Saturday, May 02, 2015

What would be left enough for Clinton critics?

By Richard Barry

Since Hillary Clinton let us know she wanted to be the next president of the United States, she has, perhaps surprisingly, delivered a leftish message on policies like income inequality and criminal justice reform. Her team has even argued that Clinton was the Elizabeth Warren of politics long before Sen. Warren thought of giving up the academy for a job inside Washington.

Clinton has also come in line with fairly conventional progressive thinking on same-sex marriage and immigration reform.

Still, the left-wing of the Democratic Party wanted badly for Warren to run and is likely pleased that Bernie Sanders, if a poor second choice, will be there to wave the banner. Full disclosure, I'm among them.

But it does make me wonder what will be good enough for the left flank of the party. Probably nothing.
On Tuesday, Richard L. Trumka, president of the A.F.L.-C.I.O., gave an address aimed ostensibly at any White House contender. Without naming Mrs. Clinton, he urged candidates for president to resist “cautious half measures."

What exactly Mr. Trumka means I do not know. And I would like to know.

Trumka also encouraged Democratic hopefuls (i.e., Mrs.Clinton)  to make “a commitment, from the candidate down through his or her economic team,” to deliver on a progressive agenda. 

The Times believes this means the left does not want "to see the likes of Robert E. Rubin and Lawrence H. Summers, both former treasury secretaries to Bill Clinton, become fixtures in Hillary's circle." So, who she surrounds herself with will be taken as a significant sign of how serious she will be in delivering a progressive economic agenda.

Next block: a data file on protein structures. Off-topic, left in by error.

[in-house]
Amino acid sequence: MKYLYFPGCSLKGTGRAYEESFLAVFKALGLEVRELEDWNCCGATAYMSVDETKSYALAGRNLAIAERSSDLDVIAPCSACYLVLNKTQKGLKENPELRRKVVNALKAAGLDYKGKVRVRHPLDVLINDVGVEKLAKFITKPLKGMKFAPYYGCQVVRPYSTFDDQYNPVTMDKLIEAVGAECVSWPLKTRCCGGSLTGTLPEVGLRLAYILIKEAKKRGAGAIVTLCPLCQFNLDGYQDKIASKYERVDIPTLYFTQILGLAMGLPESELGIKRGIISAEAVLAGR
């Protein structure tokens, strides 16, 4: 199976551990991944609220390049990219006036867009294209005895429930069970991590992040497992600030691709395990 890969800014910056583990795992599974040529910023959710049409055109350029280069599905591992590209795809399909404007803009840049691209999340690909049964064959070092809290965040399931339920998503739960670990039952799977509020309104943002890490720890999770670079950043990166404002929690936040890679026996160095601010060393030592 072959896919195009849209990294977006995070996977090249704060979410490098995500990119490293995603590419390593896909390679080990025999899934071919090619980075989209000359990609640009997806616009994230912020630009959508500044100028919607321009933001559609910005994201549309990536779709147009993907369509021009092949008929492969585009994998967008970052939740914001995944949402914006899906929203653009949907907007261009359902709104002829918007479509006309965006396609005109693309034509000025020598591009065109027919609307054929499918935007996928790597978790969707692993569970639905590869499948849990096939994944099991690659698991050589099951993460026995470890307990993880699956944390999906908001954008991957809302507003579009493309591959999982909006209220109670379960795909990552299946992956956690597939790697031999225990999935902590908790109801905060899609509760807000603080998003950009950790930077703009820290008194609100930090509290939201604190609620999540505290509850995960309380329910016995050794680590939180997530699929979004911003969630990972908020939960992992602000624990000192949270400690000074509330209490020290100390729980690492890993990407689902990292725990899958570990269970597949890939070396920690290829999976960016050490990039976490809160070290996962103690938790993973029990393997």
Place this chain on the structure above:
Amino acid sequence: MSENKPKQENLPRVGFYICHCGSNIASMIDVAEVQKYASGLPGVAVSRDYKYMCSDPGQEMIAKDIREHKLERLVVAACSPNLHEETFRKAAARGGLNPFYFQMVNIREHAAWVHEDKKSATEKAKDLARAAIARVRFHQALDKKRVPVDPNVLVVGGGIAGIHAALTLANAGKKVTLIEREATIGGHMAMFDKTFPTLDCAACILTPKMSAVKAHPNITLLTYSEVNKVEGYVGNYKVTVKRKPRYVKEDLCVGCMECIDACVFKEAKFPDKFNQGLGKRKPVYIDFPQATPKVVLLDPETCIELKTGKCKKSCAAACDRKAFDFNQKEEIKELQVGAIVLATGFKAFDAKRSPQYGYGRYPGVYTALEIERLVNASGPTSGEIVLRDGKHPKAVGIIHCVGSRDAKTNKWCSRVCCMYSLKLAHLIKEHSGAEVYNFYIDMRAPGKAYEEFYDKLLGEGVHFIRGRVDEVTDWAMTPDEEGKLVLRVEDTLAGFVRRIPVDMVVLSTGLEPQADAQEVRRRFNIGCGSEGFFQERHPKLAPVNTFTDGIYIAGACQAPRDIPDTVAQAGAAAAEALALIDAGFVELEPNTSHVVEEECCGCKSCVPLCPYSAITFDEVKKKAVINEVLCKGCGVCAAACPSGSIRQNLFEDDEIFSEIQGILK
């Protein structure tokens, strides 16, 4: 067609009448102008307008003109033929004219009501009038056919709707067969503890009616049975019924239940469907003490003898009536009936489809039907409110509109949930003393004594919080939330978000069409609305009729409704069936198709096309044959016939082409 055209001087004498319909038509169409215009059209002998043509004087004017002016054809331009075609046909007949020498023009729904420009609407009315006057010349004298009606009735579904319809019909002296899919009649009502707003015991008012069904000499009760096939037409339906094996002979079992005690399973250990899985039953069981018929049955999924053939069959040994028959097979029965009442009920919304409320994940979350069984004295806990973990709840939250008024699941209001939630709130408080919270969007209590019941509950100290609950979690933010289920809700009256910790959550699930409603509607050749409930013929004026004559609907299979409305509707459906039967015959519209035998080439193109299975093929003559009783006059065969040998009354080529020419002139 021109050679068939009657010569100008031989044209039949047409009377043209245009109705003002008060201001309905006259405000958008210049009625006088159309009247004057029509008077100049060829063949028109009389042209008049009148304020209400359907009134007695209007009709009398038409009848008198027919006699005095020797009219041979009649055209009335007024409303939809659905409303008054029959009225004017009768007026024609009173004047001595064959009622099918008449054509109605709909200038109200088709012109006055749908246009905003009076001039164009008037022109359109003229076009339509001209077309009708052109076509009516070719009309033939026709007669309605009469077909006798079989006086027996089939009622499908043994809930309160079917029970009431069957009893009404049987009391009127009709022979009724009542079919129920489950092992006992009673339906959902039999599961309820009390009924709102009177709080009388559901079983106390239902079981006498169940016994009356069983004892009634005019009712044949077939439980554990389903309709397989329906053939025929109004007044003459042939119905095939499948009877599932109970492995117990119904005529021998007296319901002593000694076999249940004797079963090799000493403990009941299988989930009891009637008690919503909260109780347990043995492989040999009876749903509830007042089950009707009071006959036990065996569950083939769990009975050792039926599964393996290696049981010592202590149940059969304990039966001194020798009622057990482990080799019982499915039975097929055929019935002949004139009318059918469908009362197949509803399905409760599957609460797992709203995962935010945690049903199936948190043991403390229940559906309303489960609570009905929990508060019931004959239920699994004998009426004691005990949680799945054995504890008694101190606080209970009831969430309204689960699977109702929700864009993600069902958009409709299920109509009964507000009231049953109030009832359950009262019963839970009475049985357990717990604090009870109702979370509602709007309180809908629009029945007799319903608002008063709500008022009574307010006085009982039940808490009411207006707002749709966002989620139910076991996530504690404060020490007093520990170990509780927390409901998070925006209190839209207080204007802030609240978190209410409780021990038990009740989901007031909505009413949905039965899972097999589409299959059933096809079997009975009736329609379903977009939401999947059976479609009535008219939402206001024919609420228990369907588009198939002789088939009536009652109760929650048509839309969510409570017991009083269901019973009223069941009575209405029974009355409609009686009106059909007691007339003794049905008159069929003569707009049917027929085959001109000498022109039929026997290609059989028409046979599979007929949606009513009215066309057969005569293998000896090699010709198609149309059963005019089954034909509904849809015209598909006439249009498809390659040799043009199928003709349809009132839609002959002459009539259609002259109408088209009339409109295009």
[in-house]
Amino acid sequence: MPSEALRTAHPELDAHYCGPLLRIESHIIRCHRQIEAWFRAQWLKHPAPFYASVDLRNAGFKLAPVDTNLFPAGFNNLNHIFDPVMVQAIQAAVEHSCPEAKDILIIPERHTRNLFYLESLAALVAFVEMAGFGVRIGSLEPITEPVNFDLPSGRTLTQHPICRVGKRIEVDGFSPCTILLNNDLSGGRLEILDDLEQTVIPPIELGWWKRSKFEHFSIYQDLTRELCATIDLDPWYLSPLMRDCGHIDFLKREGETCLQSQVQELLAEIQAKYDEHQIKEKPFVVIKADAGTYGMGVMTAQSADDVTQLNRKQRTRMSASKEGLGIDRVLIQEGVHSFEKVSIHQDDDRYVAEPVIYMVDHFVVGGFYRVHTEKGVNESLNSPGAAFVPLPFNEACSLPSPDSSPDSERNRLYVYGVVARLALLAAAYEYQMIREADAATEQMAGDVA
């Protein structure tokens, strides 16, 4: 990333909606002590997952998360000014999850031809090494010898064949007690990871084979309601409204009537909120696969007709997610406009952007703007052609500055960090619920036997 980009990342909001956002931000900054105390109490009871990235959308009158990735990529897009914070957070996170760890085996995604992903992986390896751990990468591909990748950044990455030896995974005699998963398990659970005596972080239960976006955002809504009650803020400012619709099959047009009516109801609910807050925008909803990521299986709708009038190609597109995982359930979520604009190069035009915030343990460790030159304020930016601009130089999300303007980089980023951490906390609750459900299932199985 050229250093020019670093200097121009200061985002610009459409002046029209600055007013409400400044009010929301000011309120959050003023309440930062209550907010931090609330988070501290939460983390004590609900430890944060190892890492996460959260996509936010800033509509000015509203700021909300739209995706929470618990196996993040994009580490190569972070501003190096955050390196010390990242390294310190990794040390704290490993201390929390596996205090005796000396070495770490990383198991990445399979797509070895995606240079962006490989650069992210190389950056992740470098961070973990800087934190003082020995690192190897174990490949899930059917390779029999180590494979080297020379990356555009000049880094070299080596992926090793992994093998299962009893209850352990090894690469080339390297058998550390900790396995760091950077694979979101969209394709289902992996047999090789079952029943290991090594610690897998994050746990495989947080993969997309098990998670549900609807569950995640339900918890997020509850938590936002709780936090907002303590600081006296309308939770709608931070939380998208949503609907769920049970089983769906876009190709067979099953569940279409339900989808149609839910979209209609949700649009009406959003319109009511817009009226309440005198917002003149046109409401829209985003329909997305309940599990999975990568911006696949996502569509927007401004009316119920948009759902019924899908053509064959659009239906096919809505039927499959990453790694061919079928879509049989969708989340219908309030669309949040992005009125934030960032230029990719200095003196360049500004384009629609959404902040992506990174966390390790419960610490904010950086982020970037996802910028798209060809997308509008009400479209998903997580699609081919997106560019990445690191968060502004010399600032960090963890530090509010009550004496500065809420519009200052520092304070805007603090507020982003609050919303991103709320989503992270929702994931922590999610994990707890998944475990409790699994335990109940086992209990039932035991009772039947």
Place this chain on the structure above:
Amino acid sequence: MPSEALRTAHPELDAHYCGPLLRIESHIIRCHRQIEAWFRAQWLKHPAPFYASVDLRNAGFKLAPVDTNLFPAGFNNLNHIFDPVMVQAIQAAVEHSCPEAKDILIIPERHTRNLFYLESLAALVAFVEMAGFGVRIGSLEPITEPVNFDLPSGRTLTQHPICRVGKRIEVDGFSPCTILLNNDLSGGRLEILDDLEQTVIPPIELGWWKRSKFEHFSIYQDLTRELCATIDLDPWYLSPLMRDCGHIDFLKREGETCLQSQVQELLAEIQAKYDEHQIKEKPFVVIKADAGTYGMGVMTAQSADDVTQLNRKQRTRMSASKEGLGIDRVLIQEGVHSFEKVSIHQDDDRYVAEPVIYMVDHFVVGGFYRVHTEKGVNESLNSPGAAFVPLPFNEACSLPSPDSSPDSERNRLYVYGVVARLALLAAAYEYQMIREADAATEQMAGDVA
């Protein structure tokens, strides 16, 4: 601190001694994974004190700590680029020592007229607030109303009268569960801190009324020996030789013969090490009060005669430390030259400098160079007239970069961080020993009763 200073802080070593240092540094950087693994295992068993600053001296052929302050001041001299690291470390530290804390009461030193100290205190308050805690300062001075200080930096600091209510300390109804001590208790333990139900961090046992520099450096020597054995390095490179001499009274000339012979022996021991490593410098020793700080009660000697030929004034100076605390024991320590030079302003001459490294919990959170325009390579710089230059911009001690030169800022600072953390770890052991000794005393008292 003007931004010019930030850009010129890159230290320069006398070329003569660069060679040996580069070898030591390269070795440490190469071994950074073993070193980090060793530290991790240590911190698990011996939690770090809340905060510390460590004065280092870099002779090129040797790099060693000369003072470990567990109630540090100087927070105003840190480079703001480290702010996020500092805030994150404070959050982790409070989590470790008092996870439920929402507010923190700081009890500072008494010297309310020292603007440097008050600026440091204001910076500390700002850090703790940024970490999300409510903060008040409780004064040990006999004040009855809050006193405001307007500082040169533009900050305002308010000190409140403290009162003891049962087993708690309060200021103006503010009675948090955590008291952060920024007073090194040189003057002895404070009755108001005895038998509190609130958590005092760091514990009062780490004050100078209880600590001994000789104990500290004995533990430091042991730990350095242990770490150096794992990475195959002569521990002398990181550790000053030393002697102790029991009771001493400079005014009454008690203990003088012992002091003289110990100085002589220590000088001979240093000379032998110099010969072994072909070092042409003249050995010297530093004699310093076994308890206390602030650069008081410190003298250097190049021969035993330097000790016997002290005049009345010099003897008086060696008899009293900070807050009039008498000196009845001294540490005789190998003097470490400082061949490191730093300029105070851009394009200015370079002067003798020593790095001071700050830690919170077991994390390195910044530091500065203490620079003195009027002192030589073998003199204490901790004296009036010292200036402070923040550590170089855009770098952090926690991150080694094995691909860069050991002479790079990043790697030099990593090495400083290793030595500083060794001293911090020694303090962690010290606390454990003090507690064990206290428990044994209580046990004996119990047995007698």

I can buy that.

There is also her position on free trade agreements like the Trans-Pacific Partnership, which labour opposes. And campaign reform, and net neutrality, and whatever else.

My thoughts here don't really have a punchline other than my hope that we judge Mrs. Clinton on specifics, and that we demand she provide these specifics so we can judge. 

And for those who will decide she is not progressive enough, I hope you will make your case clear, perhaps with reference to how President Obama was progressive enough.

Oh, and in the end, we'll vote for her.

Bookmark and Share


  • That, I think, is most important: in the end, we will vote for her. Gladly, in fact! One thing that bugs me is this idea some have that Clinton doesn't really believe these things and is just pretending. So?! The truth is that previously, I think both she and Bill have been more conservative than they wanted to be because of practical constraints. Ultimately, I don't know or care what is in her heart. I care about what she does. One of the best things about Sanders being in the race is that he will make it more likely that Clinton will have to be on record regarding policy. Just the same, I really don't want the TPP. And I don't want to see her continue with the old New Democrat lifers. But Summers has been making a whole lot of sense the last couple of years. And regardless: better New Democrats than New Republicans.

    By Blogger Unknown, at 7:57 PM  

Post a Comment

<< Home